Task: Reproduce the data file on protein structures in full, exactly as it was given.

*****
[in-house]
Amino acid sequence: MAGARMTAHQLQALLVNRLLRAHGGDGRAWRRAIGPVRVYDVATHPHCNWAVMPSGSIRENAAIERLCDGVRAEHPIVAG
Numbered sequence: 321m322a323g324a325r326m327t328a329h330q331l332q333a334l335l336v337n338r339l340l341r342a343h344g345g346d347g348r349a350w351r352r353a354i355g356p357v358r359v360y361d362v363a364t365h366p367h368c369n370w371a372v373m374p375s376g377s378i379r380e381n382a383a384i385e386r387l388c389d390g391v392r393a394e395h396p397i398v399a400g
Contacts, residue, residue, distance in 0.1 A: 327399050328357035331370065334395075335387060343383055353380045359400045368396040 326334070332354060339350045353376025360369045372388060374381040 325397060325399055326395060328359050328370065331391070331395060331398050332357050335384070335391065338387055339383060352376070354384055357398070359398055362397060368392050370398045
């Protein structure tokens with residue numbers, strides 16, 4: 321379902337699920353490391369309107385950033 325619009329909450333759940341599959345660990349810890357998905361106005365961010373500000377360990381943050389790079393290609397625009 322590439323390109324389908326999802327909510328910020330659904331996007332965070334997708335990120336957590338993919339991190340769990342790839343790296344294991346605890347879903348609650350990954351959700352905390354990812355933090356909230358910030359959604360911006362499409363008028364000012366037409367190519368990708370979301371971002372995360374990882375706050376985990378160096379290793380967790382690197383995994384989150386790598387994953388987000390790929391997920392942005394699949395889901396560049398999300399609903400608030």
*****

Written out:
[in-house]
Amino acid sequence: MAGARMTAHQLQALLVNRLLRAHGGDGRAWRRAIGPVRVYDVATHPHCNWAVMPSGSIRENAAIERLCDGVRAEHPIVAG
Numbered sequence: 321m322a323g324a325r326m327t328a329h330q331l332q333a334l335l336v337n338r339l340l341r342a343h344g345g346d347g348r349a350w351r352r353a354i355g356p357v358r359v360y361d362v363a364t365h366p367h368c369n370w371a372v373m374p375s376g377s378i379r380e381n382a383a384i385e386r387l388c389d390g391v392r393a394e395h396p397i398v399a400g
Contacts, residue, residue, distance in 0.1 A: 327399050328357035331370065334395075335387060343383055353380045359400045368396040 326334070332354060339350045353376025360369045372388060374381040 325397060325399055326395060328359050328370065331391070331395060331398050332357050335384070335391065338387055339383060352376070354384055357398070359398055362397060368392050370398045
């Protein structure tokens with residue numbers, strides 16, 4: 321379902337699920353490391369309107385950033 325619009329909450333759940341599959345660990349810890357998905361106005365961010373500000377360990381943050389790079393290609397625009 322590439323390109324389908326999802327909510328910020330659904331996007332965070334997708335990120336957590338993919339991190340769990342790839343790296344294991346605890347879903348609650350990954351959700352905390354990812355933090356909230358910030359959604360911006362499409363008028364000012366037409367190519368990708370979301371971002372995360374990882375706050376985990378160096379290793380967790382690197383995994384989150386790598387994953388987000390790929391997920392942005394699949395889901396560049398999300399609903400608030």